Each tine of a spur center comes to a chisel edge. These edges must not be in line with each other or the center will become a wedge and split the work. If the tines become dull or damaged, you can grind them back to a chisel edge, making sure you grind on the bevel side only. You should also keep the central point sharp. If it is removable, it’s easy to sharpen it by mounting it in a cordless drill and simply touching it to a running grinder.
It’s normally not necessary to pound the center into the work or to saw lines in the end of the billet, as some turners recommend, to achieve positive drive. Pressure from the tailstock is generally sufficient to drive the tines into the work. Even on small lathes, there is tremendous mechanical advantage in the screw-thread mechanism of the tailstock handwheel.
It’s a good idea to grind a nick on the outer radial surface of one of the tines. Whenever you remove work from the lathe but plan to rechuck it, make a pencil mark on the workpiece next to the nick so you can reposition it accurately. With wear, sharpening, and mishaps such as drops on concrete, each tine gets to be a different length. Unless the work is repositioned on the drive center exactly the way it was removed, perfect centering will be difficult. Your pencil mark and nick make rechucking simple.
Standard drive centers are available in Morse-taper sizes #1, #2, and #3. If you plan to turn miniature work such as dollhouse furniture, a standard drive center is too large and will get in the way. The solution is to buy a mini drive center, which has a smaller outside diameter ranging from 3/8 in. to 1/2 in.
Lately my preference in drive centers for turning furniture parts has become steb centers, which feature a serrated ring with a spring-loaded central point. I center-punch each end of my billets and place the mark on the center point of the steb center with the lathe running. I catch the punch mark at the other end of the billet with the tailstock center and advance the tailstock so that the work catches securely and turning progresses normally (see the top photo at right on the facing page). The great advantage is that I don’t have to shut off the lathe to check my work. I just loosen the tailstock a tad and the center point pushes the work off the serrated ring. I touch the work lightly and it stops dead (see the bottom photo on the facing page). After inspection, I simply tighten the tailstock and instantly start turning again. It is easy and much quicker than stopping and starting the motor.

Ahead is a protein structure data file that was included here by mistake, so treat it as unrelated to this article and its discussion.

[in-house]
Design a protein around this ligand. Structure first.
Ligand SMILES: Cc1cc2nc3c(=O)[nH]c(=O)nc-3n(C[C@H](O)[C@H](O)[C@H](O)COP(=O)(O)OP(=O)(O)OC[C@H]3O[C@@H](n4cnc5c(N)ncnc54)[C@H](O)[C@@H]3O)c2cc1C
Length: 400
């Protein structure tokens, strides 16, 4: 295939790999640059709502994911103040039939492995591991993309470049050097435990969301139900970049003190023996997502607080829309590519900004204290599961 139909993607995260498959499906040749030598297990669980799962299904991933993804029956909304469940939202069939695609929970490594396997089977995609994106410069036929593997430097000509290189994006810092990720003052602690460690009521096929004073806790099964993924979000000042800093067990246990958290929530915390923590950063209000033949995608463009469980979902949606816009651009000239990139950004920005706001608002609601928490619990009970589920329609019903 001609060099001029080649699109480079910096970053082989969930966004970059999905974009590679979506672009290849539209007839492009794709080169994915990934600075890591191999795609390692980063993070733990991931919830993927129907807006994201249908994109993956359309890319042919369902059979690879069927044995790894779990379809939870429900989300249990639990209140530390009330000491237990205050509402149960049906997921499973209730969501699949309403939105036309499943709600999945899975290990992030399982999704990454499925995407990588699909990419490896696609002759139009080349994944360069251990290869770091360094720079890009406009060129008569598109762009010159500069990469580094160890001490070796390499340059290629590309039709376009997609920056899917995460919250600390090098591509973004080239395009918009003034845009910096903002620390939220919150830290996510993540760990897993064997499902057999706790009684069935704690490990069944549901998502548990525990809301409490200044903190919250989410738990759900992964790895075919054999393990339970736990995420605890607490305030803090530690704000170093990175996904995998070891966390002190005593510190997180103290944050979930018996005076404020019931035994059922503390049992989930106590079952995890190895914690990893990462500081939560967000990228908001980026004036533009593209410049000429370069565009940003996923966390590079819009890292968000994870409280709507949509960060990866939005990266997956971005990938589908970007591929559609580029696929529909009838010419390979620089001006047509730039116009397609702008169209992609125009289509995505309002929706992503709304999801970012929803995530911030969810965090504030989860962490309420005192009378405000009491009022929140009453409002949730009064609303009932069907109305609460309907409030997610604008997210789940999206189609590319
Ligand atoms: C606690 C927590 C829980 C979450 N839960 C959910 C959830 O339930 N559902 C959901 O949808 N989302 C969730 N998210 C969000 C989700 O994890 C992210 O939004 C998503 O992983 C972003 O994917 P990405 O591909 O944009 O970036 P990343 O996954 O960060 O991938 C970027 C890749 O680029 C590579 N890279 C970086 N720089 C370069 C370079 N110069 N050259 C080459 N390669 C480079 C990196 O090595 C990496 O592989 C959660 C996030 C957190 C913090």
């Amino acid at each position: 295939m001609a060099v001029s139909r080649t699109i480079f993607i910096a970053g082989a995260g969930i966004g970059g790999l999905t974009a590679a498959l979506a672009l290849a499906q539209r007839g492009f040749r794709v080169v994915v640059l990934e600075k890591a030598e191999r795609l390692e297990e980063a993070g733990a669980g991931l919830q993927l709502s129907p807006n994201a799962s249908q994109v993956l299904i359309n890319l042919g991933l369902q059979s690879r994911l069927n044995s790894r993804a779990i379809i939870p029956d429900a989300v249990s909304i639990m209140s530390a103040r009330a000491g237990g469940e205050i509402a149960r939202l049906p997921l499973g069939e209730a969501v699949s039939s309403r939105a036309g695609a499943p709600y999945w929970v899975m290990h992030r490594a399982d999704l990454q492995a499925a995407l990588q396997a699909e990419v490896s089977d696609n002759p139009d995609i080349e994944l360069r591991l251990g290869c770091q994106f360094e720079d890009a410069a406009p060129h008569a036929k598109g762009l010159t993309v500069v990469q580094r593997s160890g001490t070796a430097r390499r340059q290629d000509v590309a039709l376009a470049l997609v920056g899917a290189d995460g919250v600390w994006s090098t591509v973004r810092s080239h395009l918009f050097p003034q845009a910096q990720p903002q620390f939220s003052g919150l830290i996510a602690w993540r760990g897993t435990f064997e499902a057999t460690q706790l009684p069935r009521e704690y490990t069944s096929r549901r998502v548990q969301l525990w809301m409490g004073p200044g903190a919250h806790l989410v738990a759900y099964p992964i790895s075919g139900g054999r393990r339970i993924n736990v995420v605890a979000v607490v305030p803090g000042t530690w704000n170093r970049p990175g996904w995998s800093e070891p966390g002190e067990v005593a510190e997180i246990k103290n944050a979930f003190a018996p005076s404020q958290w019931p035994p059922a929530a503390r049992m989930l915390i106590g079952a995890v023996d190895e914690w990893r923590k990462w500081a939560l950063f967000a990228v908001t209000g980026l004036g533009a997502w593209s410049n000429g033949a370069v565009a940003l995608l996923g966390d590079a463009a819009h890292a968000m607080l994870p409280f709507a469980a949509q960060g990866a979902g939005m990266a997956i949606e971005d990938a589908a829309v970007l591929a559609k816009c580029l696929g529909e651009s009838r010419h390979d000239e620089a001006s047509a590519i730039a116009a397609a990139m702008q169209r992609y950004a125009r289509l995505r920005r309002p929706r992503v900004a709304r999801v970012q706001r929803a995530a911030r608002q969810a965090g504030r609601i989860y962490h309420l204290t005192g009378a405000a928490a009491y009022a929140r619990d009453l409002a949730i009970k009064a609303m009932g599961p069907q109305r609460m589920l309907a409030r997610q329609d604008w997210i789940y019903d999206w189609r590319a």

Steb centers come in 1 in. and 1/2-in. sizes, which are measured by the diameter of the serrated ring. I would not work without either. The ½ in. steb center handles normal-sized furniture parts well, while the 1/2 in. size is perfect for knobs and other small items. A steb center only works well on prepared billets (with square ends) of reasonable size; a 3-in. square table leg is about the biggest it can handle. If work is taken off of the lathe, rechucking is much easier with a steb center because it tends to center more accurately than a normal drive center.